Installing a Deadbolt 5 - Drilling the Hole
Door Security - Deadbolts - Install - Template - Drill - Spring Latch Plate - Strikeplate
Margin of Error: Exact
Most Common Mistakes
- Not drilling straight
- Drilling in wrong location.
- Using wrong size bits.
- Drilling all the way through both faces of the door in one pass.
- Using dull drill bit
- Using small 1/4" drill.
You are now ready to do your drilling. It is best to use a 3/8" drill to provide adequate power to cleanly drill through the solid door. Metal doors will most likely come pre-drilled. Use the size bits specified by the manufacturer (often 2 3/8"). You will need a long spade bit to drill through the edge of the door for the hole for the latch. You will need a hole saw for the hole through the face for the lock itself or deadbolt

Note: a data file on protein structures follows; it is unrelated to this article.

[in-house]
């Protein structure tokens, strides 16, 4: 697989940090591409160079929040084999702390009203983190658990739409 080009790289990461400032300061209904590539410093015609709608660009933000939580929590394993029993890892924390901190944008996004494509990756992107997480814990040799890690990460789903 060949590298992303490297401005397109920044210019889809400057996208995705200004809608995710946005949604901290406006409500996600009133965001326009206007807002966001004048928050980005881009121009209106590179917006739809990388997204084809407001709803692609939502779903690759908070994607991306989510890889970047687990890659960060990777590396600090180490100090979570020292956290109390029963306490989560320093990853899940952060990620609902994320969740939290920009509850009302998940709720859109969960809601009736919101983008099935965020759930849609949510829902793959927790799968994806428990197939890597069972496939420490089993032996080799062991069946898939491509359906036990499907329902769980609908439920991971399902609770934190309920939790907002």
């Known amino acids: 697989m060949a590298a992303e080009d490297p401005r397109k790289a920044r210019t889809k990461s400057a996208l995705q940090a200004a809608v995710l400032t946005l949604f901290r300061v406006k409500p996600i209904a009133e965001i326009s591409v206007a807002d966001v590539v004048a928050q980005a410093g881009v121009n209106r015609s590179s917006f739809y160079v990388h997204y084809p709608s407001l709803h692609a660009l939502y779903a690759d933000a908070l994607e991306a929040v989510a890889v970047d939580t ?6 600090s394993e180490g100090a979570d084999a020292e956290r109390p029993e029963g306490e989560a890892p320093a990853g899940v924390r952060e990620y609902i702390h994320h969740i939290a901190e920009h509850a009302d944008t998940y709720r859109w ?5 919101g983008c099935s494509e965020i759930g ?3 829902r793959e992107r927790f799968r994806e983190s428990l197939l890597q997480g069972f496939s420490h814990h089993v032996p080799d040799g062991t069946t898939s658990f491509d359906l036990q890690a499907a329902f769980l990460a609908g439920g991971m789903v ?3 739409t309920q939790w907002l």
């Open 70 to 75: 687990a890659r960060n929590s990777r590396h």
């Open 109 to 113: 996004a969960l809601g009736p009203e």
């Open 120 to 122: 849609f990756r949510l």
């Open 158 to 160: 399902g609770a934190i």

It is important when drilling the larger lock hole through the door face to get a clean cut with no unsightly splinters. To do this, take a look at your hole saw. Note that the hole saw has a small pilot drill in the center. The function of this pilot drill is twofold. First, it allows you to exactly line up the center of the hole saw when you start to drill. Second, it will poke out the other side of the door before the actual hole saw penetrates all the way through. As soon as you see this pilot bit pop out the other side, immediately stop drilling. Remove the hole saw and start drilling again from the other side of the door. This will create a clean, splinter-free hole.
After the hole is drilled in the face, prepare to drill the latch hole in the edge. Never drill this hole first Always be sure you are holding the drill level as you drill to insure a straight hole. To drill the latch hole on the edge of the door, use the spade bit specified by the manufacturer. Drill this hole until it meets the larger hole you just drilled. Again, be sure you are drilling straight